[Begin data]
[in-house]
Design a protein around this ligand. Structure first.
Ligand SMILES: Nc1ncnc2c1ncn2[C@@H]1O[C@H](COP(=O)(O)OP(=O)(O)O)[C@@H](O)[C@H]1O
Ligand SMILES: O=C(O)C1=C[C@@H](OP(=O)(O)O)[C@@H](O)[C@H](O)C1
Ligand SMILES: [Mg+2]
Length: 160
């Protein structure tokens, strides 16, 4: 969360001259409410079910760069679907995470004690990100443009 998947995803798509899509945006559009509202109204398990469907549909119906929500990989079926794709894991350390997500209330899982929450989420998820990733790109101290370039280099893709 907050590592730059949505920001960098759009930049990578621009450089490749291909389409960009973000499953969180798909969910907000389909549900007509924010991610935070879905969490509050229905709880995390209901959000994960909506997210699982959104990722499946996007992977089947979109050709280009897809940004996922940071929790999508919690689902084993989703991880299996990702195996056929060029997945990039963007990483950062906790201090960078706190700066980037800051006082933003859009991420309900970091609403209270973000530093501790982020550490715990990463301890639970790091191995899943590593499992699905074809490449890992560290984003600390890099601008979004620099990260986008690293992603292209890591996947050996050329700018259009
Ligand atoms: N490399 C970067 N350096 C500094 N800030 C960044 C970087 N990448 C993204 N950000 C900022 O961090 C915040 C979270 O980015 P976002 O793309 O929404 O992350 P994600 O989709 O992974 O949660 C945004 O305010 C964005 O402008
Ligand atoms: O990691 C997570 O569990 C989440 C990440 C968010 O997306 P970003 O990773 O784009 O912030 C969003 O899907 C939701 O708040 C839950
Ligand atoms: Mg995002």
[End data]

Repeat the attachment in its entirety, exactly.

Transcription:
[in-house]
Design a protein around this ligand. Structure first.
Ligand SMILES: Nc1ncnc2c1ncn2[C@@H]1O[C@H](COP(=O)(O)OP(=O)(O)O)[C@@H](O)[C@H]1O
Ligand SMILES: O=C(O)C1=C[C@@H](OP(=O)(O)O)[C@@H](O)[C@H](O)C1
Ligand SMILES: [Mg+2]
Length: 160
């Protein structure tokens, strides 16, 4: 969360001259409410079910760069679907995470004690990100443009 998947995803798509899509945006559009509202109204398990469907549909119906929500990989079926794709894991350390997500209330899982929450989420998820990733790109101290370039280099893709 907050590592730059949505920001960098759009930049990578621009450089490749291909389409960009973000499953969180798909969910907000389909549900007509924010991610935070879905969490509050229905709880995390209901959000994960909506997210699982959104990722499946996007992977089947979109050709280009897809940004996922940071929790999508919690689902084993989703991880299996990702195996056929060029997945990039963007990483950062906790201090960078706190700066980037800051006082933003859009991420309900970091609403209270973000530093501790982020550490715990990463301890639970790091191995899943590593499992699905074809490449890992560290984003600390890099601008979004620099990260986008690293992603292209890591996947050996050329700018259009
Ligand atoms: N490399 C970067 N350096 C500094 N800030 C960044 C970087 N990448 C993204 N950000 C900022 O961090 C915040 C979270 O980015 P976002 O793309 O929404 O992350 P994600 O989709 O992974 O949660 C945004 O305010 C964005 O402008
Ligand atoms: O990691 C997570 O569990 C989440 C990440 C968010 O997306 P970003 O990773 O784009 O912030 C969003 O899907 C939701 O708040 C839950
Ligand atoms: Mg995002």